Well … theater buffs have a stellar season this year. Not only do we have three major Shakespearean revivals, but two of the finest actors of their generation have come to town for a repertory of two plays. Any occasion when Patrick Stewart (born 1940) or Ian McKellen (born 1939) appear is one for celebration – when they are appearing together, it is an occasion for unbridled delight.
Sadly, Stewart and McKellen have chosen to come to Broadway not in Shakespeare, but in two plays by Harold Pinter (1930-2008) and Samuel Beckett (1906-1989).
Though much-beloved by Modernists and other intellectual lightweights, Pinter’s plays most often leave audiences scratching their heads and thinking… what the heck was that about? That reaction is mollified – to a great degree – by the delight of watching these two seasoned scene-stealers onstage together.
Pinter’s No Man’s Land premiered originally in London in 1975, with John Gielgud (1904-2000) as Spooner and Ralph Richardson (1902-1983) as Hirst. This production transferred to Broadway for a 1976-77 run, and has entered into Broadway history. (The original production with Richardson and Gielgud was filmed for the National Theatre Archive, and can be seen in three parts on YouTube starting at: http://www.youtube.com/watch?v=Wd6iKPkXMqY). Your correspondent saw an absolutely smashing production of the play in 1994 at the Roundabout Theatre Company with Christopher Plummer (born 1929) as Spooner and Jason Robards (1922-2000) as Hirst – and though the play was still incomprehensible to me, it was great larks.
The plot, to call it such, is that Hirst – an alcoholic man of letters living in a posh abode somewhere near Hampstead – picks up Spooner, a seedy poet, taking him home for a drink. Spooner stays on overnight as an unwilling guest, also interacting with Hirst’s menacing manservants, Foster and Briggs. What is going on – and who really knows who and to what extent these are old friends, or strangers or potential lovers or … well, anything, are left ambiguous and up to the viewer. (Kenneth Tynan was greatly disturbed by Pinter’s “gratuitous obscurity,” and to that we add, “Amen, Brother.”) It is a play that has no business working, but it with the right actors, it always “plays.”
At first, I was a little trepidatious about the casting. Spooner (originally Gielgud, later Plummer and here McKellen) does the vast majority of the talking, while Hirst (Richardson, then Robards and now Stewart) responds obliquely. Though McKellen has a fine voice and a mighty persona, he is always more a character than an actor, and I had hoped that Stewart – the more accomplished and compelling of the two – would take center stage. Moreover, Spooner is such a showy role that Hirst always seems gets lost in the proceedings – my memory of Robards (a great actor), for example, is practically nil.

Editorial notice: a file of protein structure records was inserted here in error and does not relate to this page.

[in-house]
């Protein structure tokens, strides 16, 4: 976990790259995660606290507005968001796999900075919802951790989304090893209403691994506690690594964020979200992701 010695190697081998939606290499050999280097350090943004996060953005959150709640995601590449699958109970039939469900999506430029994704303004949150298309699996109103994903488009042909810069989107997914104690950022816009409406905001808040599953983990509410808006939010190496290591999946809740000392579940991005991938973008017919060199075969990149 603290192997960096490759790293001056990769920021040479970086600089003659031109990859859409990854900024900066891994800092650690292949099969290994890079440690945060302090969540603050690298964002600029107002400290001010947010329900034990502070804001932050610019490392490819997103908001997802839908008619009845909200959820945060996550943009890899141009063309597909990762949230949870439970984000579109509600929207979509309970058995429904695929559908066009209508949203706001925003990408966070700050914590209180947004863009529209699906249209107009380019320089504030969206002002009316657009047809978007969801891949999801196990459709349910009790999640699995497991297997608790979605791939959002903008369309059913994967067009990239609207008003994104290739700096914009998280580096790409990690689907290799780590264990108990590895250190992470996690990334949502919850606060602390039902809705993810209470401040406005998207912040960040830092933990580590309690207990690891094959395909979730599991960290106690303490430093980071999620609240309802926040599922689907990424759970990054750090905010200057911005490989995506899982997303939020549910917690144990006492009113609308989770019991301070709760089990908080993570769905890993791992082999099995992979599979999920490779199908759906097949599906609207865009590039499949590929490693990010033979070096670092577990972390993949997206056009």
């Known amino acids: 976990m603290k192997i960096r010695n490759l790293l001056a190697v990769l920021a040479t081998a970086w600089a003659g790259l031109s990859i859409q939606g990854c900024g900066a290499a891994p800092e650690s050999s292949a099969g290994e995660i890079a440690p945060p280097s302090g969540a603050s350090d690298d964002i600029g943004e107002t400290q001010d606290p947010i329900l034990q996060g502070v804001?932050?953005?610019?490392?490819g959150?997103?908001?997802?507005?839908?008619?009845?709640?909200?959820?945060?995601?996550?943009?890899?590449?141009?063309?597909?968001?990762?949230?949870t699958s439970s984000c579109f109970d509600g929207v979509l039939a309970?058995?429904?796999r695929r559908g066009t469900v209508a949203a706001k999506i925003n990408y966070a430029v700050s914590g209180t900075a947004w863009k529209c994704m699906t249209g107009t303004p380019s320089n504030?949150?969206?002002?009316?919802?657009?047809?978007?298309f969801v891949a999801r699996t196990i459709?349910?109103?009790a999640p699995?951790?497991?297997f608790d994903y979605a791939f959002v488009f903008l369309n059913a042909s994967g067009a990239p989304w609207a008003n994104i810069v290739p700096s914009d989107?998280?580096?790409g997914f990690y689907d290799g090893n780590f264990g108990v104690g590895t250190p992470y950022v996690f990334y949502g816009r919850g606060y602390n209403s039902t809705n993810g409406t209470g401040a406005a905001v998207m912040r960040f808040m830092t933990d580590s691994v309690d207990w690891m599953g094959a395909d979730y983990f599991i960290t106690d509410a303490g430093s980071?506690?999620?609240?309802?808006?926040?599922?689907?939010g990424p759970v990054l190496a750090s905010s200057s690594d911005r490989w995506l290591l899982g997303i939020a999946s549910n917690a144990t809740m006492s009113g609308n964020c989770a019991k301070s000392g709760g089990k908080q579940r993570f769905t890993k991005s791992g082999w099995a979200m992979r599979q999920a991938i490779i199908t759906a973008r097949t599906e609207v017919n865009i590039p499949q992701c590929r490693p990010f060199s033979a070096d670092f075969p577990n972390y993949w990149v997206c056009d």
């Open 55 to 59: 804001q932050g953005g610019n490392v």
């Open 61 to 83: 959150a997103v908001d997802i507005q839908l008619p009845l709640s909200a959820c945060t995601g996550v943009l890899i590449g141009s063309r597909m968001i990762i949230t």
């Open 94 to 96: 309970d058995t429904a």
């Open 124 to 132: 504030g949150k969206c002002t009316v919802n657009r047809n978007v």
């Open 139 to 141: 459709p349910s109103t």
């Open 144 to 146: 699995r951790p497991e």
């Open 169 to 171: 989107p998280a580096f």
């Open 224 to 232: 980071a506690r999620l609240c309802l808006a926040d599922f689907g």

However, I’m delighted to report that the casting was correct. It would take an actor of mighty aspect and peerless technique to make Hirst the equal of Spooner, and Stewart carries off this impossible task with ease. While McKellen makes catnip out of his outlandish verbal wordplay, Stewart stops the show with pithy, monosyllabic answers. They are perfectly and evenly matched.
McKellen here resists his normal temptation to overact, and he is simply the finest Spooner I’ve ever seen. He is complete control of his voice and manner, and he manages to command attention even when sitting at ease. In his seedy suit, greasy hair pulled back with a rubber band, two-day stubble and dirty tennis shoes, he is the failed literary man to a T. I have seldom seen him so …. human.
Stewart is fit and stunning is a gray toupee and tweeds, later in a smart blue suit. Oddly enough, the addition of hair makes this seemingly ageless actor look older, which works for the overall conception of the part. Stewart has several fine monologs, but the show really takes off in the second act when Stewart and McKellen reminisce (if reminisce they do – it’s possible they don’t really know one another) about shared wives and girlfriends. It’s the kind of badinage that the audience craves from them, and is in such short supply in this play.
Special mention must be made of Billy Crudup (born 1965), who plays the vile Foster. It is a nothing part, and I’ve never seen anyone do anything with it; however, Crudup, in his two monologs, nearly steals attention away from his more distinguished co-stars completely. We need him on Broadway more than ever.
No Man’s Land is directed and staged with a sure hand by Sean Mathias (1956) and the set is wonderfully evocative. The cast broke character at curtain to entreat the audience to support Broadway Cares, a worthy organization.
Readers of this blog know that your correspondent is no great fan of Modernism, and that my aesthetic is largely pre-Industrial Revolution. As such, I admit to a possible antipathy to works such as this. That said, however, No Man’s Land is a play so slight as to be nearly transparent. It was always a vehicle for two great actors and this product provides that pleasure in spades. One only wishes the vehicle equaled their talents.